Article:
A U.S. citizen who operated a foreign currency trading fraud scheme while living in Panama was sentenced today to more than 14 years in federal prison. The defendant, Jeffery Lowrance, fraudulently obtained approximately $31 million from 452 investors. After deducting Ponzi-type payments that he made to some investors, the scheme resulted in losses totaling approximately $17.6 million to 343 investors nationwide, including Chicago, when it collapsed in 2009. Lowrance was arrested in February 2011 in Peru and extradited to Chicago.
Lowrance, 51, moved to Panama in approximately 2006 and he operated the fraud scheme from Panama City until approximately 2009, before fleeing to Peru. He pleaded guilty to one count each of wire fraud and money laundering this past July. He was sentenced to 170 months in prison and ordered to pay restitution totaling $17.64 million by U.S. District Judge Charles Norgle.
Lowrance “caused enormous pain and suffering to many of the victims. [He] took life savings, retirement funds, college tuition, and other money that victims had earned, inherited, or received through the sale of a business or an insurance settlement,” the government argued at sentencing.
The sentence was announced by Gary S. Shapiro, Acting United States Attorney for the Northern District of Illinois; William C. Monroe, Acting Special Agent in Charge of the Chicago Office of the Federal Bureau of Investigation; and Thomas Jankowski, Acting Special Agent in Charge of the Internal Revenue Service-Criminal Investigation Division in Chicago.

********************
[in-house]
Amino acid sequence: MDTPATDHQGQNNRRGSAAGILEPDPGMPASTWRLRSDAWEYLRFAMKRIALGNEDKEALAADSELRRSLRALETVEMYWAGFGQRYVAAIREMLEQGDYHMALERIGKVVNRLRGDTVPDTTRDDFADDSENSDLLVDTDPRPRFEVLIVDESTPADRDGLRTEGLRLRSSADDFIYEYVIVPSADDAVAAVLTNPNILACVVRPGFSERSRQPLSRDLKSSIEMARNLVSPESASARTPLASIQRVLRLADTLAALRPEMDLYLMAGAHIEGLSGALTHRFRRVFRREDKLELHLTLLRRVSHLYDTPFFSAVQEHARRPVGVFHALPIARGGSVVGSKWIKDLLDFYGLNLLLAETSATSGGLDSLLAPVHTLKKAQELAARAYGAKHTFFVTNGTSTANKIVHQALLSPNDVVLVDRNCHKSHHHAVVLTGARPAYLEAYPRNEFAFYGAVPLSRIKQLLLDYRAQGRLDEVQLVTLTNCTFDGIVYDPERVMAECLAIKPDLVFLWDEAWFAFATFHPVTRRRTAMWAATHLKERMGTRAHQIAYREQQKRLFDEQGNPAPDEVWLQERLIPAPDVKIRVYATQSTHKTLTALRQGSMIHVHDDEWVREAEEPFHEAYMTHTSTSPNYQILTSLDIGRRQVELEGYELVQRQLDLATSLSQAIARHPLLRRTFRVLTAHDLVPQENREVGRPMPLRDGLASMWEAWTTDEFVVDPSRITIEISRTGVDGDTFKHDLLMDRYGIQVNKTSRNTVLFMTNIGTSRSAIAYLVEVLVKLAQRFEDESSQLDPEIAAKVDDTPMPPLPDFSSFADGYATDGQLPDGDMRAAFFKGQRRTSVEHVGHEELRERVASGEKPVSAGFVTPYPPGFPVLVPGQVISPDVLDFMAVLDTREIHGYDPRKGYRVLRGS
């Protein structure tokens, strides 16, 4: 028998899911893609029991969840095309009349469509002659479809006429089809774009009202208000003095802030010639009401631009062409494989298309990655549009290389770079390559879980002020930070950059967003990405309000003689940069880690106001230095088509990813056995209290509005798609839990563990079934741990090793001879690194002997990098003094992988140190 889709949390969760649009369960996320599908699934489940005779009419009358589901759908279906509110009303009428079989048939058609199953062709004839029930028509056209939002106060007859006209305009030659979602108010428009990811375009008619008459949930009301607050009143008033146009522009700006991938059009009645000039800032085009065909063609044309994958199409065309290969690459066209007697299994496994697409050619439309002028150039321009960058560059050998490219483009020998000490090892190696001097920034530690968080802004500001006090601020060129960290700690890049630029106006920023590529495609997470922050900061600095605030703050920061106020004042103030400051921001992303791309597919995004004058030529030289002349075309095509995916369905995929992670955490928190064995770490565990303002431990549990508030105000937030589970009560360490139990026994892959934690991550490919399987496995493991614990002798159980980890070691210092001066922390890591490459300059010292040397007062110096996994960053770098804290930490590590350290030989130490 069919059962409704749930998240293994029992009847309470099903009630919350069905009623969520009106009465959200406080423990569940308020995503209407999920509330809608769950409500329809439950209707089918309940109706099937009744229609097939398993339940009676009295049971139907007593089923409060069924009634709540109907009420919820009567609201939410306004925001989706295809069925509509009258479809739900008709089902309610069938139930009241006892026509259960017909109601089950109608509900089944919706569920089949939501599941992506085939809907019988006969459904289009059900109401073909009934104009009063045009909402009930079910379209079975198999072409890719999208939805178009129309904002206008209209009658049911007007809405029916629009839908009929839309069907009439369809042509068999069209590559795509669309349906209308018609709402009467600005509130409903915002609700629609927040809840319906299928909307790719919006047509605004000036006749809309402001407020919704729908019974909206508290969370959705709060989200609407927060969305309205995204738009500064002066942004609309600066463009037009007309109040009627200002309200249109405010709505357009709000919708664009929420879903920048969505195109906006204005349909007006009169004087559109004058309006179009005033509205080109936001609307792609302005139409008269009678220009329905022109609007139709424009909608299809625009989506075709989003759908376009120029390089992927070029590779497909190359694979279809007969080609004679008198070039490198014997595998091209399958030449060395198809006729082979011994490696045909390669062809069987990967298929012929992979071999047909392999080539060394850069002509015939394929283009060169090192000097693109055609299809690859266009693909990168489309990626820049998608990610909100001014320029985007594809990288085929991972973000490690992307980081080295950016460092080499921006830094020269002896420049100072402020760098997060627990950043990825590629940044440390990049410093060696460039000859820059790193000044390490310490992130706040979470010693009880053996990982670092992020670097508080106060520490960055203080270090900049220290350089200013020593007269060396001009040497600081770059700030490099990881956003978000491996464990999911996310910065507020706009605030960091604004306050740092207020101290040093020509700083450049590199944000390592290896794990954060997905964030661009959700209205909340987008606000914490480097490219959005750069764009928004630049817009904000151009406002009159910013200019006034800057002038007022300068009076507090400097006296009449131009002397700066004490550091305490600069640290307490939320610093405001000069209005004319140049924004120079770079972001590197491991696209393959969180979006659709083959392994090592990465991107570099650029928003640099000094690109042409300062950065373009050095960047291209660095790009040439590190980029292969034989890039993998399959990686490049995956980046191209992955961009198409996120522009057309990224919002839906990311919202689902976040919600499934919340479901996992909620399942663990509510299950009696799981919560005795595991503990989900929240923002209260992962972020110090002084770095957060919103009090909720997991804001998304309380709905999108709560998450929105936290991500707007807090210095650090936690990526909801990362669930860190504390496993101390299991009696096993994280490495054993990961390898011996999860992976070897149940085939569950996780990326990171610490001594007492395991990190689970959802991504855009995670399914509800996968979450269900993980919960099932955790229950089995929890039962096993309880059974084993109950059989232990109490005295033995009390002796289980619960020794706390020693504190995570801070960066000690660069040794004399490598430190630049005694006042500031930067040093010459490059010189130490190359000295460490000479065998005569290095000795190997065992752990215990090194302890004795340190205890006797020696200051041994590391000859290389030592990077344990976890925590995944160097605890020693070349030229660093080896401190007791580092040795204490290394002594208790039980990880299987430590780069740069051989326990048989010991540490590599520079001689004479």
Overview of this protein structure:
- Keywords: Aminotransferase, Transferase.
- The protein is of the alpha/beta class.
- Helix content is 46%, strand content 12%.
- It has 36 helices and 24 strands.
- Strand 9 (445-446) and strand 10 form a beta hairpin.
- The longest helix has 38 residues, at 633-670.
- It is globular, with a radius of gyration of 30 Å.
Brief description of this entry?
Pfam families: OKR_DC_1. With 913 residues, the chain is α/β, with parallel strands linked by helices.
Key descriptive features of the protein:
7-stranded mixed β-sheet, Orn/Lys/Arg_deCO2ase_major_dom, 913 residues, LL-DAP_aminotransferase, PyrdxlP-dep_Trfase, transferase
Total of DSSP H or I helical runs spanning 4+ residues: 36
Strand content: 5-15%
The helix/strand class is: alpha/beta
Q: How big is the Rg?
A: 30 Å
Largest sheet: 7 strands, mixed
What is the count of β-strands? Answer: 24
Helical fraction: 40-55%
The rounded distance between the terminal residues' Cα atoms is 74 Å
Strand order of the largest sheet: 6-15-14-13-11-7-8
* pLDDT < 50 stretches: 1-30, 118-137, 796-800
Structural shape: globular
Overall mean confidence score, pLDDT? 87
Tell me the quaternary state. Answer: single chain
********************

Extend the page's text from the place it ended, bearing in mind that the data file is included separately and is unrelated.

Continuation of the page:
NEXT BLOCK SOFIA 2.0 + Fabulous Blockchain After-PartyGo to article >>
Lowrance owned Mentor Investing Group Inc., initially located in San Diego and later Panama City, Panama. He later owned and was chairman and chief executive officer of First Capital Savings & Loan Ltd., which he incorporated in 2007 in New Zealand and which took over Mentor’s purported business and investor accounts. Both businesses claimed to buy and sell foreign currencies (Forex trading) and offered and sold investments through a network of salesmen and investor referrals.
According to the court documents, between August 2004 and June 2009, Lowrance and others at his direction fraudulently solicited investments by making material misrepresentations about, among other things, the profitability of First Capital’s Forex trading, the expected return on and risk involved with the investments, and the use of funds raised from investors. To conceal the fraud, he made Ponzi-type payments to investors and provided investors with fraudulent account statements. Among the specific misrepresentations was that investors would be paid as much as four to seven percent interest per month on their investments.
Lowrance used only a small portion of investors’ funds to do Forex trading. In addition to making Ponzi-type payments to investors, he misused investors’ funds to pay First Capital’s expenses, expenses of unrelated business ventures including a newspaper, and to make payments for his own benefit as the benefit of his family and associates.
The government was represented by Assistant U.S. Attorney Jacqueline Stern.
The case falls under the umbrella of the Financial Fraud Enforcement Task Force, which includes representatives from a broad range of federal agencies, regulatory authorities, inspectors general, and state and local law enforcement who, working together, bring to bear a powerful array of criminal and civil enforcement resources. The task force is working to improve efforts across the federal executive branch and, with state and local partners, to investigate and prosecute significant financial crimes, ensure just and effective punishment for those who perpetrate financial crimes, combat discrimination in the lending and financial markets, and recover proceeds for victims of financial crimes. For more information on the task force, visit: www.stopfraud.gov.